Whenever someone asks me "How are you doing?" I want to respond with 'I am doing.' Not the typical response someone expects. I understand people have the best intentions when they are reaching out and to everyone's credit, its not their fault that as a society, we have been trained to use this as an empty greeting or opening question. However, let me honestly break down how these situations go down and why I have come to loathe this question - especially now.
When asked this question, a person can go one of two ways with their response. First, you have the generic "we're okay"or "we're fine" response which is as hollow and insincere as the 'how are you?' question itself. Fine for those occasions when neither party is actually concerned with the substance and just wants to get into the meat of the conversation. Also equally appropriate when someone awkwardly doesn't know how else to start a conversation (for whatever reason)
The alternative to the generic response is the real response. This often catches the person asking off guard and makes them uncomfortable. Who wants or expects to hear"I have a child with liver failure and I have to monitor every little thing from their feeding volumes to the content of their shit and I can't remember the last time I slept longer than 4 hours at a time?" Before I sound like I am berating people for asking how another person is, let me say that the fault of this annoying interaction doesn't lie solely with the person initiating the conversation. Often times the person responding doesn't have the time or energy to respond truthfully - thus the vicious social faux pas cycle continues.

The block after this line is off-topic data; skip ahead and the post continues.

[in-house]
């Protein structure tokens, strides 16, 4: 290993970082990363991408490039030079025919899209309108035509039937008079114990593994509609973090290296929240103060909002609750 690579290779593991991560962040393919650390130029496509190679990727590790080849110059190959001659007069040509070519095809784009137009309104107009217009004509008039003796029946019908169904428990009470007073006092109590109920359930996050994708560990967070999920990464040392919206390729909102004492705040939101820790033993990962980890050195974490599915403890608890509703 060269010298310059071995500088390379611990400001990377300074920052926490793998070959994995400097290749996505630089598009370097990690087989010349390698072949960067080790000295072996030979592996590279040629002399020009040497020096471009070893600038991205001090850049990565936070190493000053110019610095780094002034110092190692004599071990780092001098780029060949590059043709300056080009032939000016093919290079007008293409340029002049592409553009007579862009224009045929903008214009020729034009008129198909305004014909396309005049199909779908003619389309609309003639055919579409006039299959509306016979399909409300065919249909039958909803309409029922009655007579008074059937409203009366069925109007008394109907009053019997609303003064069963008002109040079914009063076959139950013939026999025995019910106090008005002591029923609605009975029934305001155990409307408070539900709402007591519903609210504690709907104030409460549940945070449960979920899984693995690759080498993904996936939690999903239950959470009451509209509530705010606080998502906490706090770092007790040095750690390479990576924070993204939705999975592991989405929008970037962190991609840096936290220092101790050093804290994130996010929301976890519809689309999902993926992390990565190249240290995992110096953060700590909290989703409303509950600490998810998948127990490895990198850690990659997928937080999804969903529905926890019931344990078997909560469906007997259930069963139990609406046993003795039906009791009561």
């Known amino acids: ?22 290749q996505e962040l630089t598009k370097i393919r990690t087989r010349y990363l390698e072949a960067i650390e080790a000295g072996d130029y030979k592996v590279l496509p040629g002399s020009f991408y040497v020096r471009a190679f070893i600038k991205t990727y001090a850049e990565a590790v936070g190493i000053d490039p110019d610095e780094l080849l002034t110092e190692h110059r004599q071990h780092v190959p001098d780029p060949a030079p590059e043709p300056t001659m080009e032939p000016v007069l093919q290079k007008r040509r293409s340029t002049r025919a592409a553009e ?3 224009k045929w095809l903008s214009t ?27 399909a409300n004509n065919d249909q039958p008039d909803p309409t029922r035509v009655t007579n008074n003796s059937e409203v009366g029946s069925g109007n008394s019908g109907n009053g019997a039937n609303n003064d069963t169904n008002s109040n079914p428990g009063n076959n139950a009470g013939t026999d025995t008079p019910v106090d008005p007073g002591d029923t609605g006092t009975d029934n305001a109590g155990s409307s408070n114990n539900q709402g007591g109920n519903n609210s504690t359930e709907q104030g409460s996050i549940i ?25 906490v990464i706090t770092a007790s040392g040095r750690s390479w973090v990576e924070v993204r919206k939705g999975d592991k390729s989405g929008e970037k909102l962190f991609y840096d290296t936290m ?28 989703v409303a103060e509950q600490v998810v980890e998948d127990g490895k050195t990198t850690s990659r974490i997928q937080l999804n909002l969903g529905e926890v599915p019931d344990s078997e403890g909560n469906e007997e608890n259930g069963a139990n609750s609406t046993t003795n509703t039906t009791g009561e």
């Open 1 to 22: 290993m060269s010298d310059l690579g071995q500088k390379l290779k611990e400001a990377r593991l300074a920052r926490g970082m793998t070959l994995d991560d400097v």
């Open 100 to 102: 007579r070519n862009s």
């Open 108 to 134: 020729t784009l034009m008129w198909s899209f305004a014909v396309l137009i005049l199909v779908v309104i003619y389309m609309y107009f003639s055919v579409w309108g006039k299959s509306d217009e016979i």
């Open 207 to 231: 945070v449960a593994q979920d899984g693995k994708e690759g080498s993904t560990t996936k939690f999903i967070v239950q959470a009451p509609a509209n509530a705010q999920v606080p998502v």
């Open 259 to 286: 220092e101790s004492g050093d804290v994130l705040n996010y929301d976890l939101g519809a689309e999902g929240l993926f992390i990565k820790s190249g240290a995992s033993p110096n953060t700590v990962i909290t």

Why explain the social faux pas with asking someone how they are? We feel by explaining our fundamental thoughts, you will have a better understanding how we are doing in terms of processing information, making decisions and essentially tackling this thing called life. We also hope that this brings some awareness to something that people may or may not be sensitive to as they go through various experiences in life. I personally have encountered events in my life where I remain sensitive to people asking how I am (for example, the death of my mother and what I am going through with Hudson) however, I am sure everyone has a situation in which they can identify with.
There is a Buddhist saying:
"if something can be done about the situation, what need is there for dejection? And if nothing can be done about it, what use is there for being dejected?"
Our blunt interpretation of this is we cannot dwell or allow the uncontrollable things to make us unhappy and if there is something that can be done in a situation, don't sit around feeling sorry for yourself, do something. This perfectly sums up Morgan and I's approach to our situation with Hudson. It is what it is. This is part of our lives now and the sooner we accept it, the sooner we will be able to happily live our new normal. So, the next time someone asks how we are doing, expect us to respond that we are simply doing because we don't know any other way.